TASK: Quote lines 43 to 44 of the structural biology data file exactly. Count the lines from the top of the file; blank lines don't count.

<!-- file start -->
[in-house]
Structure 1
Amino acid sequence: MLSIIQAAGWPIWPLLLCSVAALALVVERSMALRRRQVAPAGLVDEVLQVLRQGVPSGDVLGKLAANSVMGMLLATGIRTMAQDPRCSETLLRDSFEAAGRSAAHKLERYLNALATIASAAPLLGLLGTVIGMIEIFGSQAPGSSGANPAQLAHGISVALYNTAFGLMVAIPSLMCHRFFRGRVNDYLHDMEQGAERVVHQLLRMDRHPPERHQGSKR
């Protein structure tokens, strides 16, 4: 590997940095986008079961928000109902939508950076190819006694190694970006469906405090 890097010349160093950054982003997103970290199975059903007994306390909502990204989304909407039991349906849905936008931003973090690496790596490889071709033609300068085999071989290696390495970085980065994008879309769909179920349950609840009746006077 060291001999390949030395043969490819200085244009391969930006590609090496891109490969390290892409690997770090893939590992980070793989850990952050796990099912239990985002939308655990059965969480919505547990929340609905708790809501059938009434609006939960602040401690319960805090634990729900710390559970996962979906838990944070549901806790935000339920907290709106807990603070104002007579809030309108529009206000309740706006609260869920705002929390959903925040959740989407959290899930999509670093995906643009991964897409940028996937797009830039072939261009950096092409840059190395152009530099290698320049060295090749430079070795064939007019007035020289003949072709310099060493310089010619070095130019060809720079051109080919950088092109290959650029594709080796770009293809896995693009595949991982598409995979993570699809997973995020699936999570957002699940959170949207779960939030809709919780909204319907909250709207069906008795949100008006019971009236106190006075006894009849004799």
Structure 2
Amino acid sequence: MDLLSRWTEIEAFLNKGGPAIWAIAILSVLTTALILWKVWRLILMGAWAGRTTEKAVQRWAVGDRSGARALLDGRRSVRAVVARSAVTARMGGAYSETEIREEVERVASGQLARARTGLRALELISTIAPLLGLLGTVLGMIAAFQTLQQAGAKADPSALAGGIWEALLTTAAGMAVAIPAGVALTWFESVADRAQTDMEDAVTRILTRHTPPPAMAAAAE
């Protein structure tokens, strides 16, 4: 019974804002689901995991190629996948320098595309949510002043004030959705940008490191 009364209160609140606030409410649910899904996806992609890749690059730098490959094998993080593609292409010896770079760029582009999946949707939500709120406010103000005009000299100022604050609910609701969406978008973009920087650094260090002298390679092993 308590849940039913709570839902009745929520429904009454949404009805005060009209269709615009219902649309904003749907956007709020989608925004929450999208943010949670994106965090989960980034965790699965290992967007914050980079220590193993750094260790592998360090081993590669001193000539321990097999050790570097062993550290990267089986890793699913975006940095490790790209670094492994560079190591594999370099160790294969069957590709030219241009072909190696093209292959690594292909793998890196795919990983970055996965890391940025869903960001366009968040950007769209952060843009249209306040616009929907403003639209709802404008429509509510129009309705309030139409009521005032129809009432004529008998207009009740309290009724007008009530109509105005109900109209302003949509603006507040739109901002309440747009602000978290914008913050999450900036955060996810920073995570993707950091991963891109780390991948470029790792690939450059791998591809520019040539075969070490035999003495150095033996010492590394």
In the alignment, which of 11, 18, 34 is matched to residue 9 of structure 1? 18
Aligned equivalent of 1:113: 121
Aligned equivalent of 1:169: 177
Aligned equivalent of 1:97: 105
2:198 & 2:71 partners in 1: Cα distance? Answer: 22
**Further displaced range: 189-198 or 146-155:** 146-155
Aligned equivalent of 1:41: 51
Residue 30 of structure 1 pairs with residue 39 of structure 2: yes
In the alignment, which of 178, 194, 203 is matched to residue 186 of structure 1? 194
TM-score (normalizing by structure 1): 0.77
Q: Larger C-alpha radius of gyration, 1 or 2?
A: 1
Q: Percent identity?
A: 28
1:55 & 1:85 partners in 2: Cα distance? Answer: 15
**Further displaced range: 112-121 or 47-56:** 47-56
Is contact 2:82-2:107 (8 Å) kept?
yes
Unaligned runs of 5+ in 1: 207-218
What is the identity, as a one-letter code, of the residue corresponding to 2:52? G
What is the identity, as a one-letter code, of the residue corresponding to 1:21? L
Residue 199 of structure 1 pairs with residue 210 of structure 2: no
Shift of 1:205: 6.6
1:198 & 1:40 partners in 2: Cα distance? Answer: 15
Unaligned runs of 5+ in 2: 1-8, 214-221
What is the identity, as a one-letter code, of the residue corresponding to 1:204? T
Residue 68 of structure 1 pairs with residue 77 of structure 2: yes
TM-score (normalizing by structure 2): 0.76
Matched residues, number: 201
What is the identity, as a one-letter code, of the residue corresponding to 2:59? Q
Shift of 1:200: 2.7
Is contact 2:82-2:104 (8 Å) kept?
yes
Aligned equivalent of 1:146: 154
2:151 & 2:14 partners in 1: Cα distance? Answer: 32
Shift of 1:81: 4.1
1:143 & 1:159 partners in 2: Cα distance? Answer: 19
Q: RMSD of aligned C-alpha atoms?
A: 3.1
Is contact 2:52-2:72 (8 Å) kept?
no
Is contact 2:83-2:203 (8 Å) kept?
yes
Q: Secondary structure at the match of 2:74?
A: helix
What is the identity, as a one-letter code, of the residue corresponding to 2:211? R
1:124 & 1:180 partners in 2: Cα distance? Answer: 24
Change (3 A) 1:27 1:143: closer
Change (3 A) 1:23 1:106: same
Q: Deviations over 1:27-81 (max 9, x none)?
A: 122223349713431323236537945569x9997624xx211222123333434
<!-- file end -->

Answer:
Shift of 1:81: 4.1
1:143 & 1:159 partners in 2: Cα distance? Answer: 19